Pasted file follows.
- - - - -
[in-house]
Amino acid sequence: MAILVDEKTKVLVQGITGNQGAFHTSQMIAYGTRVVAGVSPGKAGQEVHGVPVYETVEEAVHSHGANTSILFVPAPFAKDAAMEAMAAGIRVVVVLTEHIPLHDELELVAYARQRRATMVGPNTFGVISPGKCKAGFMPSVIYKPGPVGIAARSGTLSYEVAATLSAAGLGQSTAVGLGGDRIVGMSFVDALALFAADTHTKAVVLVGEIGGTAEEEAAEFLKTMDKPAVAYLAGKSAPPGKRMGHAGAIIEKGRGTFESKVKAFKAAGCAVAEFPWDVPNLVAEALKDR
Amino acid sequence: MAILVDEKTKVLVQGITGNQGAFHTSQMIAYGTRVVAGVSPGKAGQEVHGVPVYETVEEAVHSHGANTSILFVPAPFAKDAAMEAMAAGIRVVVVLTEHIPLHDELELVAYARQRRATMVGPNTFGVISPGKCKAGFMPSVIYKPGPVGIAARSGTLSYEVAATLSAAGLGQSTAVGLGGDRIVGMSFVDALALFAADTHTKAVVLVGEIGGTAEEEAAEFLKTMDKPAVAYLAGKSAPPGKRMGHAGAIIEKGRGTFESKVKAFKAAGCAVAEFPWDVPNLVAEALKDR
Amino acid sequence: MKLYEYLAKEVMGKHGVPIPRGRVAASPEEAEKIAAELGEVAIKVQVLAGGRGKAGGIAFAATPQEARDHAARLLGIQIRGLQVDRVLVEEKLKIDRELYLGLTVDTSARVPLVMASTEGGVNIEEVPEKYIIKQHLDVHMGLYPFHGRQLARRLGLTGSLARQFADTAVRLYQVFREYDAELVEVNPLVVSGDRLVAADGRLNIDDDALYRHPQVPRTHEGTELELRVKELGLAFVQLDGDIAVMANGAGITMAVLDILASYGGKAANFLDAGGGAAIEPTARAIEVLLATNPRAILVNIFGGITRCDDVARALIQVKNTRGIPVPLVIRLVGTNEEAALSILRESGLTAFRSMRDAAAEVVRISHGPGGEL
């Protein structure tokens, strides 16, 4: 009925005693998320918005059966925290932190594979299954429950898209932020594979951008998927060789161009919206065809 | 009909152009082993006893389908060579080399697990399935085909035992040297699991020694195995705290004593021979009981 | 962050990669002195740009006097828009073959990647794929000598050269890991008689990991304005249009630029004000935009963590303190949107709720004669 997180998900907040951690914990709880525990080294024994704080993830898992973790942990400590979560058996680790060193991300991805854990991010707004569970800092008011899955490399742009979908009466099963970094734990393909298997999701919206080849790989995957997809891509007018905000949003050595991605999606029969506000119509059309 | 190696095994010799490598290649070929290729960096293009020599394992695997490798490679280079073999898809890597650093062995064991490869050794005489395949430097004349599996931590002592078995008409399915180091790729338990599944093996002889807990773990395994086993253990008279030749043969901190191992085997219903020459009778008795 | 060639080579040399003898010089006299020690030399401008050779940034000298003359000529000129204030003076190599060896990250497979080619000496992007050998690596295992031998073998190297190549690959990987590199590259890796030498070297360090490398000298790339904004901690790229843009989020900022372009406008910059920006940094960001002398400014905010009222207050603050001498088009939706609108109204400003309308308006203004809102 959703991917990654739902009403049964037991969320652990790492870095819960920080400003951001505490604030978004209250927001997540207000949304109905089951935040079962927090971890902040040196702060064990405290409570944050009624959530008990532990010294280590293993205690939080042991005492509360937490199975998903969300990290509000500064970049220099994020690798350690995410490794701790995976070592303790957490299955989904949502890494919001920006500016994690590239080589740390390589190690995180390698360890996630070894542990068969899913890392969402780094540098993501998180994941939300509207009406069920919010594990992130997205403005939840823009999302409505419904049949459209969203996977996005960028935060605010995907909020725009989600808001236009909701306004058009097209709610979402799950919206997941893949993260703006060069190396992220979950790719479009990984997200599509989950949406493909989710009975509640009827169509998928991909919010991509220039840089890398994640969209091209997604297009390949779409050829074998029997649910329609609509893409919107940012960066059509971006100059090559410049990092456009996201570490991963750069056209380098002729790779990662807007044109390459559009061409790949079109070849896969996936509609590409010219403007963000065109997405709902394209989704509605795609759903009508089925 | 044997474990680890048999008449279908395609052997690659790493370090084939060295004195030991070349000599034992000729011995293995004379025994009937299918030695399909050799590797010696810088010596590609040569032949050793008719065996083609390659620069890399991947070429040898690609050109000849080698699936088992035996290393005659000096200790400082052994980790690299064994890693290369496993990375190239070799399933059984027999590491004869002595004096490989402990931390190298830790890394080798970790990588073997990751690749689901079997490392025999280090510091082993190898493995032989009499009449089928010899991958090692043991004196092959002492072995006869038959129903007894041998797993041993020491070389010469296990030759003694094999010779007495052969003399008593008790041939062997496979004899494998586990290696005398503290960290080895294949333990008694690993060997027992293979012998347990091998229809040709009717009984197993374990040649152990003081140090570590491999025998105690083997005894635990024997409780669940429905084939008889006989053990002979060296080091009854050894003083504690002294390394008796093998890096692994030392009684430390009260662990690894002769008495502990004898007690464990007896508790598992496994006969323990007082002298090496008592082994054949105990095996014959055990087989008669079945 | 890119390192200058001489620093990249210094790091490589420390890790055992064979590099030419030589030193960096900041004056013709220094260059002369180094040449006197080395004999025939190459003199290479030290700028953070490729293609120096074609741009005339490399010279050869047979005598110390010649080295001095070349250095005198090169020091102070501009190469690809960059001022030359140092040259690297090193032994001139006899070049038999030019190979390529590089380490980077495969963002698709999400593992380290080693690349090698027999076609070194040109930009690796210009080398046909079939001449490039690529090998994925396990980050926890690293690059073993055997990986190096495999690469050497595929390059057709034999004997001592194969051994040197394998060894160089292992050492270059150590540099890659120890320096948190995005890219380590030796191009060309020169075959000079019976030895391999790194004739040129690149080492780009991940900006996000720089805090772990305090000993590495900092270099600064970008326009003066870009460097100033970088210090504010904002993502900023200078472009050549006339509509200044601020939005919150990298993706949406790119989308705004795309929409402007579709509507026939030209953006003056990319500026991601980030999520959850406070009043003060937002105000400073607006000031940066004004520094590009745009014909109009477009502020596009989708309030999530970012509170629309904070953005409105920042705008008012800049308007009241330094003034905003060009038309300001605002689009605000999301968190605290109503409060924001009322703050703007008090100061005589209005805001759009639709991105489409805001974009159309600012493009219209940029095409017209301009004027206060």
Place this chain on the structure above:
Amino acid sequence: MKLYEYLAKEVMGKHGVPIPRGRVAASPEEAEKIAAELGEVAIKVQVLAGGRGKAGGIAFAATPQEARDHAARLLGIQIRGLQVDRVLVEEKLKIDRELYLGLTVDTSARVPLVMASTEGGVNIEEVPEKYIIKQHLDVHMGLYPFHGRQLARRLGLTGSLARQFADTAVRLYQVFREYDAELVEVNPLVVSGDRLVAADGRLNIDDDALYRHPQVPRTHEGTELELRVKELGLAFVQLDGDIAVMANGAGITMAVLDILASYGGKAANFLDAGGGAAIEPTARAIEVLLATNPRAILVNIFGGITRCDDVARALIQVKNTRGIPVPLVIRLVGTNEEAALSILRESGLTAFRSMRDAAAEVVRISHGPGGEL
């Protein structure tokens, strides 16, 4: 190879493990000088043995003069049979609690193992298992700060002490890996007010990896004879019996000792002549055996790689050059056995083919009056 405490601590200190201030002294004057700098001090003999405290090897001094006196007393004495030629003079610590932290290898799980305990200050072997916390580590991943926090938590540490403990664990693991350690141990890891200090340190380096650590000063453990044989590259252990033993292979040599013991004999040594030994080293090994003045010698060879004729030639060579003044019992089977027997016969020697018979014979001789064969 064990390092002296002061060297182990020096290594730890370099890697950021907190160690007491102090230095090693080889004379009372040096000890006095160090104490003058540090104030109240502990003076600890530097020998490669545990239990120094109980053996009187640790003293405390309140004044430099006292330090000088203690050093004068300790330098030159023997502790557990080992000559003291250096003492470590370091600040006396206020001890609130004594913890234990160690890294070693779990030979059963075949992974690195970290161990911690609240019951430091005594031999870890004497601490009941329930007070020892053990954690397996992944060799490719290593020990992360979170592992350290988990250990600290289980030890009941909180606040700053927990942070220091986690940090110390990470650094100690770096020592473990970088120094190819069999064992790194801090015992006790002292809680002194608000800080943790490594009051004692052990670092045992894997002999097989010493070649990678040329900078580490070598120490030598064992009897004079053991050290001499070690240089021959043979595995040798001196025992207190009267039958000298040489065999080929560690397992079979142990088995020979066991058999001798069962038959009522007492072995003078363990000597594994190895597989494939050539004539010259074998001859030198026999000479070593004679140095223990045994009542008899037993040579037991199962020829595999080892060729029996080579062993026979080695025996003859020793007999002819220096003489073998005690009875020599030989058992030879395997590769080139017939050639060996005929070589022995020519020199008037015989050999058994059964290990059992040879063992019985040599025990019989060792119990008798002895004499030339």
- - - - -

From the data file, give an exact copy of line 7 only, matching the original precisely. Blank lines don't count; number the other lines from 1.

Amino acid sequence: MKLYEYLAKEVMGKHGVPIPRGRVAASPEEAEKIAAELGEVAIKVQVLAGGRGKAGGIAFAATPQEARDHAARLLGIQIRGLQVDRVLVEEKLKIDRELYLGLTVDTSARVPLVMASTEGGVNIEEVPEKYIIKQHLDVHMGLYPFHGRQLARRLGLTGSLARQFADTAVRLYQVFREYDAELVEVNPLVVSGDRLVAADGRLNIDDDALYRHPQVPRTHEGTELELRVKELGLAFVQLDGDIAVMANGAGITMAVLDILASYGGKAANFLDAGGGAAIEPTARAIEVLLATNPRAILVNIFGGITRCDDVARALIQVKNTRGIPVPLVIRLVGTNEEAALSILRESGLTAFRSMRDAAAEVVRISHGPGGEL